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Cornell Provost Don M. Randel is recommended to be appointed the 12th president of the University of Chicago

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Don M. Randel, provost of Cornell since 1995 and a faculty member since 1968, has been recommended to the board of trustees of the University of Chicago to serve as its 12th president, the University of Chicago announced today (Dec. 9, 1999).

The announcement was made in Chicago by Edgar Jannotta, chair of the University of Chicago board and of the search committee that selected Randel to succeed Hugo Sonnenschein as president. The board will meet Monday, Dec. 13, to confirm the recommendation.

"The board of trustees of the University of Chicago has made a superb choice," said Cornell President Hunter Rawlings. "Don Randel's leadership will be felt not only at Chicago, but throughout the nation. He has been an exemplary member of the Cornell community since he first joined the Department of Music as an assistant professor in 1968. Rising through the professorial ranks, he was elected the Harold Tanner Dean of the College of Arts and Sciences in 1991, and I have been privileged to have him by my side over the last 4-1/2 years as provost. He has been both a wonderful colleague and a close friend. Cornell has benefited enormously from his intelligence, integrity, energy, powers of persuasion and commitment to students."

Rawlings added: "I will miss Don and his wife Carol here in Ithaca, but we look forward to working with them in the years ahead. They are and will be a great team."

A search for a successor to Randel in the provost's position will begin "in the immediate days ahead," Rawlings announced.

Randel commented on his new endeavor: "I have spent almost all of my adult life at Cornell, first and foremost as a member of the faculty. It has made me what I am as an academic because of the unique quality of its intellectual fresh air. My affection for Cornell is thus profound

and my affection for and debt to friends and colleagues here is very deep. Those friends and colleagues include very many members of the faculty, the staff, and the alumni body.

"For all of these reasons," he added, "it is not easy for me to leave Cornell, and I could only leave it for another institution that is in its own way equally unique. The University of Chicago is such an institution and one whose particular devotion to intellectual ideals without compromise or apology I share. Carol and I are going away, but we are not going to disappear. We expect to keep our membership in the Cornell and Tompkins County families very much alive, even if in somewhat different ways."

Throughout his 31 years at Cornell, Randel has been an active participant on numerous university boards, task forces and committees. He chaired a task force on undergraduate education involved in Cornell's strategic planning. He also served on the Committee on the Curriculum and Undergraduate Education for the College of Arts and Sciences, the Humanities Council and the University Appeals Board.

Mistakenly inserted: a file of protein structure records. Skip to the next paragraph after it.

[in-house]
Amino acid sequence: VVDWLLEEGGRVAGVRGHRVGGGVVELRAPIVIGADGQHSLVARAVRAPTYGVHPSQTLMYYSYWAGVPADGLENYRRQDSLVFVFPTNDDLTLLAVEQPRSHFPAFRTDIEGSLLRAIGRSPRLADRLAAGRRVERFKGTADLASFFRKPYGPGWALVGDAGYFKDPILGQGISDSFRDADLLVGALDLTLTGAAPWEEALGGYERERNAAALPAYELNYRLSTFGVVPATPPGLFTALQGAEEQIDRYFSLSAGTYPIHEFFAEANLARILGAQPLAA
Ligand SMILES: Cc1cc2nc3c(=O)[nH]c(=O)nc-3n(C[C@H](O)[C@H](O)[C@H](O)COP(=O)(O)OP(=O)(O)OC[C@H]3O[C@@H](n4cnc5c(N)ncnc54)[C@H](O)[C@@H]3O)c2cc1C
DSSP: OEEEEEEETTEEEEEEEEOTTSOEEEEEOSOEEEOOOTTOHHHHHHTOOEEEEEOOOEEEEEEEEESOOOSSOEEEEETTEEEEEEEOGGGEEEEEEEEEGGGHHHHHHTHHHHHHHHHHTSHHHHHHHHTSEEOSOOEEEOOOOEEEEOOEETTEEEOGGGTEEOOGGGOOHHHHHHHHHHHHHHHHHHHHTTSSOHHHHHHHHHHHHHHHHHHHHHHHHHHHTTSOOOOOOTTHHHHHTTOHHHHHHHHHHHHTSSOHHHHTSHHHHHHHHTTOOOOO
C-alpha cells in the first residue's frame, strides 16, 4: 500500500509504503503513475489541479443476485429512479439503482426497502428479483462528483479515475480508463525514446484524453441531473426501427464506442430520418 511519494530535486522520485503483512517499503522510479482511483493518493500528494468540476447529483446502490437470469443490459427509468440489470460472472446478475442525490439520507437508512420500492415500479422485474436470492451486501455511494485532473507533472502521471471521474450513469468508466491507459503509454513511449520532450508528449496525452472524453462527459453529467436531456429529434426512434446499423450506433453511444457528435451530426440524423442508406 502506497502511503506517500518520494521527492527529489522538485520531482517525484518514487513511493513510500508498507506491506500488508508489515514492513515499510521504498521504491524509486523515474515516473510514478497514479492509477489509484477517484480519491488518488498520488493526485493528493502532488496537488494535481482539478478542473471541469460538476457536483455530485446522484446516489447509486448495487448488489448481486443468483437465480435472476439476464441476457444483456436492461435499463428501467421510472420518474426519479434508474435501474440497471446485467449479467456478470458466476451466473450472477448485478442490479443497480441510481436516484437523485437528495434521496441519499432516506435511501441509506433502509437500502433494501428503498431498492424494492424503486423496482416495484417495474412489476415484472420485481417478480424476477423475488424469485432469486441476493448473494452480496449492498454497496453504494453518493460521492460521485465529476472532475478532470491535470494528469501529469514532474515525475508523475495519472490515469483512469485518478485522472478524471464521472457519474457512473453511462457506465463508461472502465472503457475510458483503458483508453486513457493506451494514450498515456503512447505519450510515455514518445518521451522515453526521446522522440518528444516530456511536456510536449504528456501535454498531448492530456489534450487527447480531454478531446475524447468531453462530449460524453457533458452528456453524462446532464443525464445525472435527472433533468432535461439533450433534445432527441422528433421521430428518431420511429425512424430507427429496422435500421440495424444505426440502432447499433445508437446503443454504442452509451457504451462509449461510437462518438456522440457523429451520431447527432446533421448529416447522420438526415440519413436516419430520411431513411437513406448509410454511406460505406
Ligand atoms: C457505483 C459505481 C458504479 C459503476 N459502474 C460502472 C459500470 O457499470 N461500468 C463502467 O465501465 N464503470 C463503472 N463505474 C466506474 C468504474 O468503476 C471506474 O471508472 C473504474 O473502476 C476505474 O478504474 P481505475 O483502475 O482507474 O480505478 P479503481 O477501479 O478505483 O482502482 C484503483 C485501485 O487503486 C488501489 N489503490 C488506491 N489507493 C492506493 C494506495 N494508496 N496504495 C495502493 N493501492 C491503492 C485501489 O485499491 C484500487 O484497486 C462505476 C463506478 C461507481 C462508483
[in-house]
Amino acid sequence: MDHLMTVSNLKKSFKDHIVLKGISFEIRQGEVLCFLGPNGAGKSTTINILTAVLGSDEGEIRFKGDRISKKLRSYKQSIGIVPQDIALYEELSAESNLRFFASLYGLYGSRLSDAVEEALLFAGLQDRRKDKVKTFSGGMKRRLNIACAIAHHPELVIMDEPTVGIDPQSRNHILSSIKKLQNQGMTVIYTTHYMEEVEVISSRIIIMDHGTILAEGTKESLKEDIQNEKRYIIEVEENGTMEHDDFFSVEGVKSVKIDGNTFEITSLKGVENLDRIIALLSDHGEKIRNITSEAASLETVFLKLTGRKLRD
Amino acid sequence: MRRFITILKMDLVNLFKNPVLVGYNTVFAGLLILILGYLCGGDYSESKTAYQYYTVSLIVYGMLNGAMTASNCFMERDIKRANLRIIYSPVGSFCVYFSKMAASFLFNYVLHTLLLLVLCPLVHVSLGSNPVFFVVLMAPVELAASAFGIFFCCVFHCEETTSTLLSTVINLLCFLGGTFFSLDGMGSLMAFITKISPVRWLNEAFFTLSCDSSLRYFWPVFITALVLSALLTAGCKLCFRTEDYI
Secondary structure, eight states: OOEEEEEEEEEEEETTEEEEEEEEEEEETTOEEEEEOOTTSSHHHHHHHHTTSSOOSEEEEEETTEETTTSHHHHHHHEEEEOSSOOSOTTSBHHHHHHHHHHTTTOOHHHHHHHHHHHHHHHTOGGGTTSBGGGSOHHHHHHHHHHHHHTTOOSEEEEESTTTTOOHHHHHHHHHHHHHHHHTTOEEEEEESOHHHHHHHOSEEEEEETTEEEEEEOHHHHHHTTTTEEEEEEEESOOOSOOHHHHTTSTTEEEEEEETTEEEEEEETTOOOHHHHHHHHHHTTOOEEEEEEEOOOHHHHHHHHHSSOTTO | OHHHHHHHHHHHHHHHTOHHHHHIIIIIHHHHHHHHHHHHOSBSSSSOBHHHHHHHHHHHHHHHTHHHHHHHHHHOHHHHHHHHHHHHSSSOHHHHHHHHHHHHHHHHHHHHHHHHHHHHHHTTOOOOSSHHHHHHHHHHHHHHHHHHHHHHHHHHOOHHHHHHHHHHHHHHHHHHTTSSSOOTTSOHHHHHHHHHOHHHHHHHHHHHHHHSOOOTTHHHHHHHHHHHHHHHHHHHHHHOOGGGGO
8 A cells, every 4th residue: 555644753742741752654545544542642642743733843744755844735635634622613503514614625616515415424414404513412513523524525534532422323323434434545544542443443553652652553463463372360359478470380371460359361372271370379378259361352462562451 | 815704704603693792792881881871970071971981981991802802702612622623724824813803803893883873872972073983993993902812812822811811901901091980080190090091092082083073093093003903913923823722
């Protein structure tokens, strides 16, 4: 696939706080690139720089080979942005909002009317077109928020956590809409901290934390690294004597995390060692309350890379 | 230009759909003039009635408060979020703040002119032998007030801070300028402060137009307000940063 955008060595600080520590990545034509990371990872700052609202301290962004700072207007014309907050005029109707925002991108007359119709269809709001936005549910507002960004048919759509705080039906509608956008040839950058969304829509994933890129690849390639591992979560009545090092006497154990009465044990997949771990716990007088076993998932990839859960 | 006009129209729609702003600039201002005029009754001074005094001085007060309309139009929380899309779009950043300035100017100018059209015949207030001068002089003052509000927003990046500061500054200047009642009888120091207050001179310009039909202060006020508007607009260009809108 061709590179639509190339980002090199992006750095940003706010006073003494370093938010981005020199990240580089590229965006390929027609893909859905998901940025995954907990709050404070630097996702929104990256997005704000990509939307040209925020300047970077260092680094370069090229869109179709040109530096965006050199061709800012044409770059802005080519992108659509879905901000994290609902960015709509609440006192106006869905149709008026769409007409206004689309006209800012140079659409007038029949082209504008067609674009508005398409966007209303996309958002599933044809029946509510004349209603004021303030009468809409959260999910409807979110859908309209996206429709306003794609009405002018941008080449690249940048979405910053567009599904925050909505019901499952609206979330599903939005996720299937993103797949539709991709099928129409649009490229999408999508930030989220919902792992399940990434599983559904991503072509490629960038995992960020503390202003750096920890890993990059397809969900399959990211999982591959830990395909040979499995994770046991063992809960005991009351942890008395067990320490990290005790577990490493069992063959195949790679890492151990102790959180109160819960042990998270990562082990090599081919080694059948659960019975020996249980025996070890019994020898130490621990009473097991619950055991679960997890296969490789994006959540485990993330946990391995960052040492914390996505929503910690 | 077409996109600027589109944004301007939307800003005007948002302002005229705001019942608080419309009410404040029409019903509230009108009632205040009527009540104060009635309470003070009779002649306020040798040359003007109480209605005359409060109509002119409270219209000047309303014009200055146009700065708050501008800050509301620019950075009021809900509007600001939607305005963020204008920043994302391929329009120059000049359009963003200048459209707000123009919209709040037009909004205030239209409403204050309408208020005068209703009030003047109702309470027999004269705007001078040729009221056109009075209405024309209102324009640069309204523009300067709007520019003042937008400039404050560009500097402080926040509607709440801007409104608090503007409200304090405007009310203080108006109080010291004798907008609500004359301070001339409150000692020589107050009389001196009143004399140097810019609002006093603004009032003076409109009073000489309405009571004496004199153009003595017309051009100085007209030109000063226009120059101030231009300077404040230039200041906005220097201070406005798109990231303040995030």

In 1998, Cornell began to implement recommendations of a Task Force on the Division of the Biological Sciences, which was commissioned by Randel to plan the future of the biological sciences at Cornell and to strengthen the program. He also helped to develop the Cornell Research Scholars Program in 1996 to recruit the best and brightest undergraduate students by offering special research opportunities and financial support.

Randel provided leadership to the College of Arts and Sciences on thorny issues such as its sexual harassment policy and minority studies. He led the development of new, universitywide procedures for responding to complaints of sexual harassment that were adopted in 1996. He was instrumental in drafting a new campus housing policy designed to improve undergraduate life on campus in 1996.

On a light note, Randel sponsored an undergraduate competition in March 1998 to determine the exact composition of a large pumpkin perched on the top of Cornell's McGraw Tower, a prank that gained national media attention. He even allowed himself to be hoisted aloft 173 feet on a chilly March day to retrieve the pumpkin from the tower.

A musicologist who earned M.F.A. and Ph.D. degrees from Princeton University, where he also received his undergraduate degree, Randel also has held the Given Foundation Professorship of Musicology at Cornell since 1990. His specialty is the music of the Middle Ages. He has served as editor of the frequently referenced guide The New Harvard Dictionary of Music and the Harvard .Concise Dictionary of Music, as well as the Harvard Dictionary of Musicians. Other published works include "The Canons of the Musicological Toolbox" in Disciplining Music and "Crossing Over with RubŽn Blades" in the Journal of the American Musicological Society (1991), for which he served as editor-in-chief from 1972 to 1974.